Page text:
ranjit | Feb 19, 2018 | 0
NR price: Tyre makers breathe easy
Continuing fall in Natural Rubber prices in international and domestic markets has indeed been bloating profit books of tyre companies, but has not helped non-tyre companies, mainly small and large units.
Today the Indian rubber industry’s turnover stands at around Rs 60,000 crore, out of which a larger chunk of Rs35,000 crore turnover is attributed to the tyre companies , while the rest Rs25, 000 crore comes from non-tyre sector.
Natural rubber, in last five years, has seen unprecedented volatility in prices, demand-supply and export-imports as well. Like the financial year 2013-14, the calendar year 2014 has also hurt rubber growers’ business.
“The year 2014 was a dismal year for commodities market and it was no different for natural rubber. Last year, natural rubber prices slumped to more than a five year low in the domestic as well as in the international market as supplies continued to outpace demand,” Anu V Pai, analyst at Geofin Comtrade, formerly known as Geojit Comtrade, told Polymers & Tyre Asia.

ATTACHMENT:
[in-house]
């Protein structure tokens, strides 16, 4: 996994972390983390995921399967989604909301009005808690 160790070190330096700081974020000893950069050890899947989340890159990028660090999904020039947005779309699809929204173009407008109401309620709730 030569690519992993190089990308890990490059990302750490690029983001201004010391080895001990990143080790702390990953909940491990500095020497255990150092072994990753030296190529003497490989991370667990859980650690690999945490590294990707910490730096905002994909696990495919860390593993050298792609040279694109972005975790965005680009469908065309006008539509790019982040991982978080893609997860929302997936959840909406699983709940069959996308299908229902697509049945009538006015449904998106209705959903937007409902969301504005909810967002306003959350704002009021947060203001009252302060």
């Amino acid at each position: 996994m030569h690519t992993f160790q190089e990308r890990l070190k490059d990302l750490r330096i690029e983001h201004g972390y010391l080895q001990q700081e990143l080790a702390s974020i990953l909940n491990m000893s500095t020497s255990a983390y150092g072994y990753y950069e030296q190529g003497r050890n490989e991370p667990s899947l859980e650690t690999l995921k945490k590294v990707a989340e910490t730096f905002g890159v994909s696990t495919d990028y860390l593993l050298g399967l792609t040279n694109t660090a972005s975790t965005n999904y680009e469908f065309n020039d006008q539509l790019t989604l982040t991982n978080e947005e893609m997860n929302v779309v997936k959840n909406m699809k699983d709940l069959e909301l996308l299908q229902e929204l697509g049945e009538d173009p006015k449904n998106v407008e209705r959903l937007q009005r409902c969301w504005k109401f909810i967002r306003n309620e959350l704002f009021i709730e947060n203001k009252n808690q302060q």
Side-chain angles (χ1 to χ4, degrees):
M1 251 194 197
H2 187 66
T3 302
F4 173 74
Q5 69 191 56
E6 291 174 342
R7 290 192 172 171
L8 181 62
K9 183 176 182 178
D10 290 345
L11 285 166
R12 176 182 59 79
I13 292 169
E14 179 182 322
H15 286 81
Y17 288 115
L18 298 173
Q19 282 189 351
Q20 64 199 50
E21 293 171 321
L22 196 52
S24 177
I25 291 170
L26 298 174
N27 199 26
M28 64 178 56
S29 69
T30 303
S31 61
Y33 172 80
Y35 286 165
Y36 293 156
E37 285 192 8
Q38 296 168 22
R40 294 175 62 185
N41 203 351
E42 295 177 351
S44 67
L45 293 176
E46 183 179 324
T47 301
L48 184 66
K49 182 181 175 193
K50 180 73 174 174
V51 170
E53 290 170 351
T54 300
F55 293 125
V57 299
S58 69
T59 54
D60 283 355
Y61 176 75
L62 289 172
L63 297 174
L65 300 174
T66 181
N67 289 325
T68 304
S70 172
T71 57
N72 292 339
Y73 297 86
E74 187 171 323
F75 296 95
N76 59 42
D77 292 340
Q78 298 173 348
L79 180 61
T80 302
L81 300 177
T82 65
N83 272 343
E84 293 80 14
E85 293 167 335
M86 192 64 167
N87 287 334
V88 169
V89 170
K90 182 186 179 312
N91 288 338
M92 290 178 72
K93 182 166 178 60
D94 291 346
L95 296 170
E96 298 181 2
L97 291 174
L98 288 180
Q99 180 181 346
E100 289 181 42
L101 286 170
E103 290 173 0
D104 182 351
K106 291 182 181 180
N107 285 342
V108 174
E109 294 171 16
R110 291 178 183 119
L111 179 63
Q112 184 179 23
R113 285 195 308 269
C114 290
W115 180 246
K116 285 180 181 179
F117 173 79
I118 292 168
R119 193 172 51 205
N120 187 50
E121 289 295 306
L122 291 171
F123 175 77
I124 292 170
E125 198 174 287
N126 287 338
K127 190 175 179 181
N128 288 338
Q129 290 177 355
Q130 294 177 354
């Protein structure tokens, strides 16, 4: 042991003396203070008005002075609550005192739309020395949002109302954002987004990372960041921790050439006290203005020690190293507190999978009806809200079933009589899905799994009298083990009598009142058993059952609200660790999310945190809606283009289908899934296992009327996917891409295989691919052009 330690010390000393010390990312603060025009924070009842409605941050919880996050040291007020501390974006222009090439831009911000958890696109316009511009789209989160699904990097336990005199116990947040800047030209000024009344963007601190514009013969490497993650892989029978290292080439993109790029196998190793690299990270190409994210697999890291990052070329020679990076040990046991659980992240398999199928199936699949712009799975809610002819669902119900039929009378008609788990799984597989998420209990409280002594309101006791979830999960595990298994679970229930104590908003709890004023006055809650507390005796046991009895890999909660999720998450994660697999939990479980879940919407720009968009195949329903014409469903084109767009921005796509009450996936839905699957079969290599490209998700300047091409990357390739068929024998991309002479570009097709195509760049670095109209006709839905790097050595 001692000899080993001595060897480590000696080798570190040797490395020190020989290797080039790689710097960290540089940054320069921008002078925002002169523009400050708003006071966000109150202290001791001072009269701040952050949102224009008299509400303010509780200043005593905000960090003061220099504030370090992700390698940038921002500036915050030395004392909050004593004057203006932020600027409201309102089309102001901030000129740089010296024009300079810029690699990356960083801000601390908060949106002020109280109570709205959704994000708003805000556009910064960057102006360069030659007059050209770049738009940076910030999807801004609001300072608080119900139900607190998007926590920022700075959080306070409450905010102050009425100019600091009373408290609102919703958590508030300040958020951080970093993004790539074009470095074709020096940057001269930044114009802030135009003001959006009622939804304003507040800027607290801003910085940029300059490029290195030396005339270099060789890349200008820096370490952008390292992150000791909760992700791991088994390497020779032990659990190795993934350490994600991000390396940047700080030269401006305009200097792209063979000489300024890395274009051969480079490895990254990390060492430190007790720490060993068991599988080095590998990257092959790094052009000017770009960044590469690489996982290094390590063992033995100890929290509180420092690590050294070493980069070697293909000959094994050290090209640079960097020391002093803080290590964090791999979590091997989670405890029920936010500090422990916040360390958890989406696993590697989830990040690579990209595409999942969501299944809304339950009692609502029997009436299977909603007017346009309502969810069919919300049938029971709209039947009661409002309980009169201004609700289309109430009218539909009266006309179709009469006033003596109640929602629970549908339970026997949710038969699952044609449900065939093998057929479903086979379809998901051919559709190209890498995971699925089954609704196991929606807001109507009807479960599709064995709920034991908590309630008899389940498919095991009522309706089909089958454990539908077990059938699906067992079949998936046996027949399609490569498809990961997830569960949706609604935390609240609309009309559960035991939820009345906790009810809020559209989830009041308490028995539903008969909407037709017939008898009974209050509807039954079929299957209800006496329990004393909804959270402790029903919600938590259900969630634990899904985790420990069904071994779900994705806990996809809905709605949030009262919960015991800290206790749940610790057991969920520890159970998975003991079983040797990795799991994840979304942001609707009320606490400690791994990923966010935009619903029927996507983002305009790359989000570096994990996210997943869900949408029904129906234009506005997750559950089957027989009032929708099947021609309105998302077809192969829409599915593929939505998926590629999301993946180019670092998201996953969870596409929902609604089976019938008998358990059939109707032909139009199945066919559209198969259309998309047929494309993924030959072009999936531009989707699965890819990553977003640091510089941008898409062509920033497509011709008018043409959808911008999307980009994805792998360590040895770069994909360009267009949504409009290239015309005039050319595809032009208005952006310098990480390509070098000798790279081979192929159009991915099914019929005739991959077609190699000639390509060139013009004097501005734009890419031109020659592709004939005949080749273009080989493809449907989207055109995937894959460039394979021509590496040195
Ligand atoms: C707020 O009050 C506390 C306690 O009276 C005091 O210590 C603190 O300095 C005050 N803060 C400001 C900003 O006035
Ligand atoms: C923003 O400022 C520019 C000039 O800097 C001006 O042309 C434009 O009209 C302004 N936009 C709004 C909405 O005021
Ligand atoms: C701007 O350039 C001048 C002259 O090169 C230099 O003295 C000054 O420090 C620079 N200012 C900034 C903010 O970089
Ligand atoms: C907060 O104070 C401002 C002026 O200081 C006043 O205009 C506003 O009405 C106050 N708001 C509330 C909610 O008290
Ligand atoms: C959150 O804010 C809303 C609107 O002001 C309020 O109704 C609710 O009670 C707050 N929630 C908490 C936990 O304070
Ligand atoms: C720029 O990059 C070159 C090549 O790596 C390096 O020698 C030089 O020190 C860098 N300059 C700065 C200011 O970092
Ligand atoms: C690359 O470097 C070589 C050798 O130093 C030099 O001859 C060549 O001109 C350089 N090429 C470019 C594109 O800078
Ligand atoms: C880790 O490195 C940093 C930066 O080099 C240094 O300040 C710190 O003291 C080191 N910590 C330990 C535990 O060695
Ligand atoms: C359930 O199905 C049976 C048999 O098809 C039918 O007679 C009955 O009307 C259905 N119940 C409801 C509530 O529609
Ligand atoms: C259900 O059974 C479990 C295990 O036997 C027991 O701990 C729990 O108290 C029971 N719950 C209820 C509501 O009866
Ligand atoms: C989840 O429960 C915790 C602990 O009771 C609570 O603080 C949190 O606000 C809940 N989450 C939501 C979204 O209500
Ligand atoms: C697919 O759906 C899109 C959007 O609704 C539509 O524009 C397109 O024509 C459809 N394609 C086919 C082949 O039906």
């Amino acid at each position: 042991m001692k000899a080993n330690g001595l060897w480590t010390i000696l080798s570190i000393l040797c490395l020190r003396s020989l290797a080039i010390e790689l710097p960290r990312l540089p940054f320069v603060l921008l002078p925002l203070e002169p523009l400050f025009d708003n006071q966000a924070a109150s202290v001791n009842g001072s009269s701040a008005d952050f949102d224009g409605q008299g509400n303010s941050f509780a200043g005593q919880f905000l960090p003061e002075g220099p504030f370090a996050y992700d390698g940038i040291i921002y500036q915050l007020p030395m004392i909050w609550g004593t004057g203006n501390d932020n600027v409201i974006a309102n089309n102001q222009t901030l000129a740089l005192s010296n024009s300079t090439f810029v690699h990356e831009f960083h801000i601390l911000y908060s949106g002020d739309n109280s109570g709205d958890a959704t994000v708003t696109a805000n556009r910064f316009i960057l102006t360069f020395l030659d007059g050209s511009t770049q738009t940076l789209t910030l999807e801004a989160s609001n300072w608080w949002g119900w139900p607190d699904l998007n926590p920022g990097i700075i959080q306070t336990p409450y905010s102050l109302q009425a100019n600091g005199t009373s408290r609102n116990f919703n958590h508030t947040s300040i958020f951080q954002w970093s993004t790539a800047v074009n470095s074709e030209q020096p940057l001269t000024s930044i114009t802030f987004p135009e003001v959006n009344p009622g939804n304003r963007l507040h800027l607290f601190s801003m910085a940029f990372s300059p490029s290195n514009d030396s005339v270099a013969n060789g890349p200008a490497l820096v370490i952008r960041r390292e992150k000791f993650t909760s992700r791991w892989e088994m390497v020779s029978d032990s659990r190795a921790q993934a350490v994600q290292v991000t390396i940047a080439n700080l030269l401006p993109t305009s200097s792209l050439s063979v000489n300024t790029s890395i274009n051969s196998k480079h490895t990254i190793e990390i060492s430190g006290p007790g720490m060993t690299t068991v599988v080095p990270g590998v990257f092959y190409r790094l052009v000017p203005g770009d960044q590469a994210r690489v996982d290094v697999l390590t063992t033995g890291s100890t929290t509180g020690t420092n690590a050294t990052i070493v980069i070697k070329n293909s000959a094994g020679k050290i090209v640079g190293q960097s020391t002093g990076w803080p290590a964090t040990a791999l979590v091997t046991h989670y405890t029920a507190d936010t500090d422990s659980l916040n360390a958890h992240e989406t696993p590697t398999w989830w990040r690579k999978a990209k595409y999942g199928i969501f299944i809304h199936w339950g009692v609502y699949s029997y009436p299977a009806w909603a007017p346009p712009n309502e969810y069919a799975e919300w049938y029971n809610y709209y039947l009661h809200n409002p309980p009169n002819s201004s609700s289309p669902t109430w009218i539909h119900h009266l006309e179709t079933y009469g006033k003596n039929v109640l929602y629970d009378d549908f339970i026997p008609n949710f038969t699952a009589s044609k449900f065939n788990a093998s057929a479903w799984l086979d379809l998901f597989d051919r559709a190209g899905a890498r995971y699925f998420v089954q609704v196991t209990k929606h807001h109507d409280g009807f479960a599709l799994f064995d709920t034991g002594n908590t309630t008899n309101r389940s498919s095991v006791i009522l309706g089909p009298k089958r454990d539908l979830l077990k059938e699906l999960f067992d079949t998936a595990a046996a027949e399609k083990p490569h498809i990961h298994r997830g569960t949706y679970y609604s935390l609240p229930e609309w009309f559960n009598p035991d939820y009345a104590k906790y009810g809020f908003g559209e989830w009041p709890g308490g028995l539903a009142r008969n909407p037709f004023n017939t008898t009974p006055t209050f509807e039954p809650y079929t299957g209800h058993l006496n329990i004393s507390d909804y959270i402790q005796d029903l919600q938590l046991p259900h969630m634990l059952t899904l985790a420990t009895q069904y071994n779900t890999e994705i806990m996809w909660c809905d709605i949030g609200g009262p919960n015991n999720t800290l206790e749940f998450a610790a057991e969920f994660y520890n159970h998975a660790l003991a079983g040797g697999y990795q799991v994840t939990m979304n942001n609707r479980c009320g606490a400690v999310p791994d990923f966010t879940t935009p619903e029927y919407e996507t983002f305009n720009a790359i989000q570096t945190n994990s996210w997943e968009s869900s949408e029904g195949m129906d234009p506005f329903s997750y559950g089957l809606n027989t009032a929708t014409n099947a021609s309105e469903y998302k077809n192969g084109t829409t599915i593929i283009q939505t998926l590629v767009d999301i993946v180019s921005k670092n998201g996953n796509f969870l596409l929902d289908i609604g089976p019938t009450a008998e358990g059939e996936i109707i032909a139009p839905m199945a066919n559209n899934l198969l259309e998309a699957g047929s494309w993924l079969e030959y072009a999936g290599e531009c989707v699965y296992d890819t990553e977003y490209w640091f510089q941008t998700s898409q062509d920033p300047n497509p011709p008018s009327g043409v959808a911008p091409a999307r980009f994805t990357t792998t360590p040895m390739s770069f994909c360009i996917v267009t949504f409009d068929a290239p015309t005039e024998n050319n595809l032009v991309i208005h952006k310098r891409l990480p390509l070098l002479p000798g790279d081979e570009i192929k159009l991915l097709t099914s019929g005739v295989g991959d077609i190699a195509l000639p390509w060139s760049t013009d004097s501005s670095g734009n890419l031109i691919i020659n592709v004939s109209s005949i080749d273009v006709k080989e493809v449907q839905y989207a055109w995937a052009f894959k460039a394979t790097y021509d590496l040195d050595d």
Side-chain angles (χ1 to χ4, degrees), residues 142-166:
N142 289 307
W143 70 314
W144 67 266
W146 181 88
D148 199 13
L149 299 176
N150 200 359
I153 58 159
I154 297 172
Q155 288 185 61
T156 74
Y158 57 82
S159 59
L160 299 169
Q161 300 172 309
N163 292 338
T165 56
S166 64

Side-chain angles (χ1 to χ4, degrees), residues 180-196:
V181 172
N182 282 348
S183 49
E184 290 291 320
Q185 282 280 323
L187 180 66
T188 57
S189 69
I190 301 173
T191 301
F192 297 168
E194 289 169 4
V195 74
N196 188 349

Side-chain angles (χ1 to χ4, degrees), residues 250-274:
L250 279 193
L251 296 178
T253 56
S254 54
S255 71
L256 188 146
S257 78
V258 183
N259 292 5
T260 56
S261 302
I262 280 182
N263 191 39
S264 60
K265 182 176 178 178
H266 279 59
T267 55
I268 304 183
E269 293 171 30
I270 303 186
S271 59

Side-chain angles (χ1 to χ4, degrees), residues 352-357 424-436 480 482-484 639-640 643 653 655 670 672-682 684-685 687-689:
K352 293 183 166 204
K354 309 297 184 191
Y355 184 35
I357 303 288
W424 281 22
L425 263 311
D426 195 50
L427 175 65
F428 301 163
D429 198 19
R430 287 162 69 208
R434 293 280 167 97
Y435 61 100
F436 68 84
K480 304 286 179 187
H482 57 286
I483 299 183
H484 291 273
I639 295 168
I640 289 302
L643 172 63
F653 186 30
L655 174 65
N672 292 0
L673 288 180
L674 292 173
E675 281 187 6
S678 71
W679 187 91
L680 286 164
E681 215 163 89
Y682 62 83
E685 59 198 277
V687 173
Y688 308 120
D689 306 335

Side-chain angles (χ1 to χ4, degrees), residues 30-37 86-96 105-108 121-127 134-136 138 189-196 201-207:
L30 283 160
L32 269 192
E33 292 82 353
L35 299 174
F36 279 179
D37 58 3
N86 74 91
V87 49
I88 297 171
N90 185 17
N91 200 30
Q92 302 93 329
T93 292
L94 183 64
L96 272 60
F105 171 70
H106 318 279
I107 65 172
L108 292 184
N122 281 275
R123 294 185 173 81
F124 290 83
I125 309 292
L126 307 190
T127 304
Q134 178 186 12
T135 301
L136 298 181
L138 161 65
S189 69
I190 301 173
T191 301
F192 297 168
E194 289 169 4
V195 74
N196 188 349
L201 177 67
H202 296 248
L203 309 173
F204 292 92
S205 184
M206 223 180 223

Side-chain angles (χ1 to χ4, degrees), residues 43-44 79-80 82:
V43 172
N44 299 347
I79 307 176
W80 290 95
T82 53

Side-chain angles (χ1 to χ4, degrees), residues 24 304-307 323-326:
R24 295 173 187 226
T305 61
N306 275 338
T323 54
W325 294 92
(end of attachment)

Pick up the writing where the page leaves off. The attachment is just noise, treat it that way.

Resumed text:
Production of natural rubber in the country declined by 14 per cent in 2014, year on year basis owing to unfavourable climate conditions especially during the monsoons and unattractive prices that discouraged growers from tapping actively. According to the Geofin analyst, for the FY 2014-15, India’s natural rubber production is seen declining 3.2 per cent to 750,000 tonnes. On other hand, consumption in year of 2014 rose over 5 per cent to 1,013,185 tonnes from 961,625 tonnes in the previous year, while imports of natural rubber surged to record level of 38,624 tonnes, a 29 per cent higher than natural rubber imported in the previous year.
“Tyre sector, which consumes the major chunk of natural rubber in the country, has been heavily relying on imported rubber. Wide difference between the prices prevailing in the domestic and international market, with Indian grade being on a premium, made imports more attractive. Decline in local natural rubber production too urged the consumers to opt for imports,” explains Anu V Pai.
For FY 2014-15, the Rubber Board expected consumption to rise by 3.4 per cent from a year earlier to 1.01 million tonnes, “The Board had estimated imports to be 360,000 tonnes, unchanged from the previous year, it is likely to surpass the forecast to touch new peaks,” she added.
By Sharad Matade
(Full Text in PTA Feb/March issue)